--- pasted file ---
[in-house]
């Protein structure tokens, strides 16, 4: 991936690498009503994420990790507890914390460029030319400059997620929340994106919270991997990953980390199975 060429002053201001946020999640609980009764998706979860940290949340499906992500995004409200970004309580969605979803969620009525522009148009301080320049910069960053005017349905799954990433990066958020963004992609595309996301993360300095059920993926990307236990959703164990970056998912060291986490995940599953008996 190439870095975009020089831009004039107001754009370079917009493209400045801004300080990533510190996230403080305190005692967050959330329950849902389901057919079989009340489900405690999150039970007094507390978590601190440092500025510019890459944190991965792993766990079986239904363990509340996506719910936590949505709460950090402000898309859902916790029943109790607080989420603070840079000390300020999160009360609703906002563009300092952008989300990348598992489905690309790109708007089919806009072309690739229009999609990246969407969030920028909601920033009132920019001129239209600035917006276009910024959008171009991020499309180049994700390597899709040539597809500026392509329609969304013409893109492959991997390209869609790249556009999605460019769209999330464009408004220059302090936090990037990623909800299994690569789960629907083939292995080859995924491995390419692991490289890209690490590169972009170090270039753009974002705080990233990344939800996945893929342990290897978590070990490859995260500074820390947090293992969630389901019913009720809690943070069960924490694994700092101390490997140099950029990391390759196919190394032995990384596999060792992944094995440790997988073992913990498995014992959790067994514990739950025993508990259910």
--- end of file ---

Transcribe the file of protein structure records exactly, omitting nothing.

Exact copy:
[in-house]
């Protein structure tokens, strides 16, 4: 991936690498009503994420990790507890914390460029030319400059997620929340994106919270991997990953980390199975 060429002053201001946020999640609980009764998706979860940290949340499906992500995004409200970004309580969605979803969620009525522009148009301080320049910069960053005017349905799954990433990066958020963004992609595309996301993360300095059920993926990307236990959703164990970056998912060291986490995940599953008996 190439870095975009020089831009004039107001754009370079917009493209400045801004300080990533510190996230403080305190005692967050959330329950849902389901057919079989009340489900405690999150039970007094507390978590601190440092500025510019890459944190991965792993766990079986239904363990509340996506719910936590949505709460950090402000898309859902916790029943109790607080989420603070840079000390300020999160009360609703906002563009300092952008989300990348598992489905690309790109708007089919806009072309690739229009999609990246969407969030920028909601920033009132920019001129239209600035917006276009910024959008171009991020499309180049994700390597899709040539597809500026392509329609969304013409893109492959991997390209869609790249556009999605460019769209999330464009408004220059302090936090990037990623909800299994690569789960629907083939292995080859995924491995390419692991490289890209690490590169972009170090270039753009974002705080990233990344939800996945893929342990290897978590070990490859995260500074820390947090293992969630389901019913009720809690943070069960924490694994700092101390490997140099950029990391390759196919190394032995990384596999060792992944094995440790997988073992913990498995014992959790067994514990739950025993508990259910």